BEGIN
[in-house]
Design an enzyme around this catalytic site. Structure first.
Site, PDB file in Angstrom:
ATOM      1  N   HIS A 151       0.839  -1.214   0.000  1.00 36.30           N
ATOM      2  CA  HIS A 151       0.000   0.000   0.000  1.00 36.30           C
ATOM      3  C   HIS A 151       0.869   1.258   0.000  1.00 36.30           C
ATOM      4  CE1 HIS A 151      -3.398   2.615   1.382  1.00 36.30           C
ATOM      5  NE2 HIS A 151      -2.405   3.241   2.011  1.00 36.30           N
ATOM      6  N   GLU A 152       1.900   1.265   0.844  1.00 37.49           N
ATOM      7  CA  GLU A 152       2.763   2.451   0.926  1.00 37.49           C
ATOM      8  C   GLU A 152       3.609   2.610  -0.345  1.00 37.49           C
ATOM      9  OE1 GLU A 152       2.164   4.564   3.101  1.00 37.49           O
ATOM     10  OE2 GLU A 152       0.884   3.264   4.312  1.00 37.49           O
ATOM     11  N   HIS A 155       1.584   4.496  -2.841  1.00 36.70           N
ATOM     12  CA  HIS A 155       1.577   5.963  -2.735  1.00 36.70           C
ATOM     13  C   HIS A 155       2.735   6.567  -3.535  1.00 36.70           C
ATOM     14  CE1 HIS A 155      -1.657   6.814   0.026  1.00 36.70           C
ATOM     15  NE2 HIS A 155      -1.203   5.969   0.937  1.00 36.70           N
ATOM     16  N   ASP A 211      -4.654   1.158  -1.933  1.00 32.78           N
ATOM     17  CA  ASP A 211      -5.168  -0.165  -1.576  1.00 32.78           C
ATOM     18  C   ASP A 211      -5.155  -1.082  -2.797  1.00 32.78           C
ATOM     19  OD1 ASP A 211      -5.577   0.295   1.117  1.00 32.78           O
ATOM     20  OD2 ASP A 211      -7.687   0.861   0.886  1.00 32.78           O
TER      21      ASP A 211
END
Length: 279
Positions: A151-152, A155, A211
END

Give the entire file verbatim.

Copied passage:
[in-house]
Design an enzyme around this catalytic site. Structure first.
Site, PDB file in Angstrom:
ATOM      1  N   HIS A 151       0.839  -1.214   0.000  1.00 36.30           N
ATOM      2  CA  HIS A 151       0.000   0.000   0.000  1.00 36.30           C
ATOM      3  C   HIS A 151       0.869   1.258   0.000  1.00 36.30           C
ATOM      4  CE1 HIS A 151      -3.398   2.615   1.382  1.00 36.30           C
ATOM      5  NE2 HIS A 151      -2.405   3.241   2.011  1.00 36.30           N
ATOM      6  N   GLU A 152       1.900   1.265   0.844  1.00 37.49           N
ATOM      7  CA  GLU A 152       2.763   2.451   0.926  1.00 37.49           C
ATOM      8  C   GLU A 152       3.609   2.610  -0.345  1.00 37.49           C
ATOM      9  OE1 GLU A 152       2.164   4.564   3.101  1.00 37.49           O
ATOM     10  OE2 GLU A 152       0.884   3.264   4.312  1.00 37.49           O
ATOM     11  N   HIS A 155       1.584   4.496  -2.841  1.00 36.70           N
ATOM     12  CA  HIS A 155       1.577   5.963  -2.735  1.00 36.70           C
ATOM     13  C   HIS A 155       2.735   6.567  -3.535  1.00 36.70           C
ATOM     14  CE1 HIS A 155      -1.657   6.814   0.026  1.00 36.70           C
ATOM     15  NE2 HIS A 155      -1.203   5.969   0.937  1.00 36.70           N
ATOM     16  N   ASP A 211      -4.654   1.158  -1.933  1.00 32.78           N
ATOM     17  CA  ASP A 211      -5.168  -0.165  -1.576  1.00 32.78           C
ATOM     18  C   ASP A 211      -5.155  -1.082  -2.797  1.00 32.78           C
ATOM     19  OD1 ASP A 211      -5.577   0.295   1.117  1.00 32.78           O
ATOM     20  OD2 ASP A 211      -7.687   0.861   0.886  1.00 32.78           O
TER      21      ASP A 211
END
Length: 279
Positions: A151-152, A155, A211